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Solutions important points – Solutions are homogeneous mixtures of solvents and solutes. They can be classified into solid, liquid, or gaseous solutions. Concentration is the amount of solute in a given quantity of the solution, and molarity (M) and molality (m) are commonly used units for measuring concentration. Colligative properties of solutions, such as vapor pressure lowering, boiling point elevation, freezing point depression, and osmotic pressure, depend on the concentration of solute particles. Raoult’s law relates vapour pressure of a solvent to its mole fraction in solution. Van’t Hoff factor measures the extent of solute dissociation.

Osmosis is a process of movement of solvent through a semipermeable membrane, and the osmotic pressure is the pressure required to stop the movement. Henry’s law states that the solubility of a gas in a liquid is proportional to its partial pressure. Solubility depends on temperature and can increase for solids and decrease for gases with increasing temperature.

The common-ion effect reduces solubility of slightly soluble salts. pH is a measure of acidity or alkalinity, and buffer solutions resist changes in pH. The Henderson-Hasselbalch equation is an equation that calculates the pH of a buffer solution based on the concentrations of the conjugate acid and base.

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Solutions Important Points

NCERT Chemistry Class 12 Chapter 2 Solutions 25 important points-

There are 25 important points on solution –

  1. Solutions are the homogeneous mixtures of two or more substances.
  2. The substance present in a larger quantity in a solution is called the solvent, while the substance present in a smaller quantity is called the solute.
  3. Solutions can be classified into solid solutions, liquid solutions, and gaseous solutions, depending on the physical state of the solvent.
  4. The concentration of a solution refers to the amount of solute present in a given quantity of the solution.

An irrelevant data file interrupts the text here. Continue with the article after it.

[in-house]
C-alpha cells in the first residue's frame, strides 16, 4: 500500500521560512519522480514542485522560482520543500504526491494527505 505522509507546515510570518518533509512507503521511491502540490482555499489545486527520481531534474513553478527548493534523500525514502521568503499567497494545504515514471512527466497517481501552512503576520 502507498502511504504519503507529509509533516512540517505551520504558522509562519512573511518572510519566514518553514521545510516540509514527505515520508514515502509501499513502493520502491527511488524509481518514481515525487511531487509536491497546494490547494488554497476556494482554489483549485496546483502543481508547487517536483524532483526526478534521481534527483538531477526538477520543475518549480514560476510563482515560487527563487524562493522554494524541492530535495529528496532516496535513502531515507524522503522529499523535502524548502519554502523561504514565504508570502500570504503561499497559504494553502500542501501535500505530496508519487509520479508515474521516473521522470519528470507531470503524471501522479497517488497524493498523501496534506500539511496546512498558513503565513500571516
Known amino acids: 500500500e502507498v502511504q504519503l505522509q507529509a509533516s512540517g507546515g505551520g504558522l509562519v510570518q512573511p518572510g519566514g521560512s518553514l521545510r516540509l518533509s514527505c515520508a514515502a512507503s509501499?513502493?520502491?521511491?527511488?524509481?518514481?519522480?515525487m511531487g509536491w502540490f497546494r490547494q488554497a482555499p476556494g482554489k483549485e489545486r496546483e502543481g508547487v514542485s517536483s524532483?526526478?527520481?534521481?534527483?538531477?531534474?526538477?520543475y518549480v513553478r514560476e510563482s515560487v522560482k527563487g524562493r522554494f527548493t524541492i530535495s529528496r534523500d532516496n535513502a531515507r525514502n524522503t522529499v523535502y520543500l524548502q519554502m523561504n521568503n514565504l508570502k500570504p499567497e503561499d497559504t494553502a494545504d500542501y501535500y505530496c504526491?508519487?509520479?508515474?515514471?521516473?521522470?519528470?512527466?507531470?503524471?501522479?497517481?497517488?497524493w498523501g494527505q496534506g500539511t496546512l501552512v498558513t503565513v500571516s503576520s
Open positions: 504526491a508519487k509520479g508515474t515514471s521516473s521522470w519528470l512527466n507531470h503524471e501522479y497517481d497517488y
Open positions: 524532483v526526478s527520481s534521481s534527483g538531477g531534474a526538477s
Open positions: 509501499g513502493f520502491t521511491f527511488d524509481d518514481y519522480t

5. Molarity (M) is a commonly used unit of concentration, defined as the number of moles of solute per liter of solution.
  6. Molality (m) is another unit of concentration that expresses the number of moles of solute per kilogram of solvent.
  7. Colligative properties of solutions depend on the concentration of solute particles rather than the nature of the solute.
  8. The colligative properties include lowering of vapor pressure, elevation of boiling point, depression of freezing point, and osmotic pressure.
  9. Raoult’s law states that the vapor pressure of a solvent above a solution is directly proportional to the mole fraction of the solvent in the solution.
  10. When a non-volatile solute is dissolved in a solvent, the vapor pressure of the solvent decreases, leading to a lower boiling point and higher freezing point of the solution compared to the pure solvent.

11.. Van’t Hoff factor (i) is a measure of the number of particles into which a solute dissociates in a solution.

  1. Colligative properties can be calculated using various formulas, such as ΔTb = Kbm and ΔTf = Kfm, where ΔTb and ΔTf are the changes in boiling point and freezing point, respectively, K is the molal constant, and m is the molality.
  2. Osmosis is movement of the solvent molecules through a semipermeable membrane from an area of lower solute concentration to an area of higher solute concentration.
  3. Osmotic pressure is the pressure required to stop the flow of solvent molecules through a semipermeable membrane in osmosis.
  4. Osmotic pressure can be calculated using the formula π = iMRT, where π is the osmotic pressure, i is the van’t Hoff factor, M is molarity, R is ideal gas constant, and T is temperature in Kelvin.
  5. Henry’s law states that solubility of a gas in a liquid is directly proportional to partial pressure of the gas above the liquid.
  6. Solubility is the maximum amount of the solute that can be dissolved in a given amount of a solvent at a specified temperature and pressure.
  7. The solubility of most solid solutes increases with an increase in temperature, while the solubility of most gas solutes decreases with an increase in temperature.
  1. The common-ion effect occurs when the addition of a common ion to a solution decreases the solubility of a slightly soluble salt.
  2. The pH of a solution is a measure of its acidity or alkalinity and is defined as the negative logarithm of the concentration of hydrogen ions (H+) in the solution.
  3. Buffer solutions are the solutions that resist changes in the pH when small amounts of acid or base are added to them.
  4. Buffers are the substances that are typically composed of a weak acid and its conjugate base or a weak base and its conjugate acid.
  5. The Henderson-Hasselbalch equation is used to calculate the pH of a buffer solution and is given by pH = pKa + log ([A-]/[HA]), where pKa is the logarithmic form of the acid dissociation constant and [A-] and [HA] are the concentrations of the conjugate.
  6. The common-ion effect reduces the solubility of slightly soluble salts.
  7. pH is a measure of acidity or alkalinity, and buffer solutions resist changes in pH.

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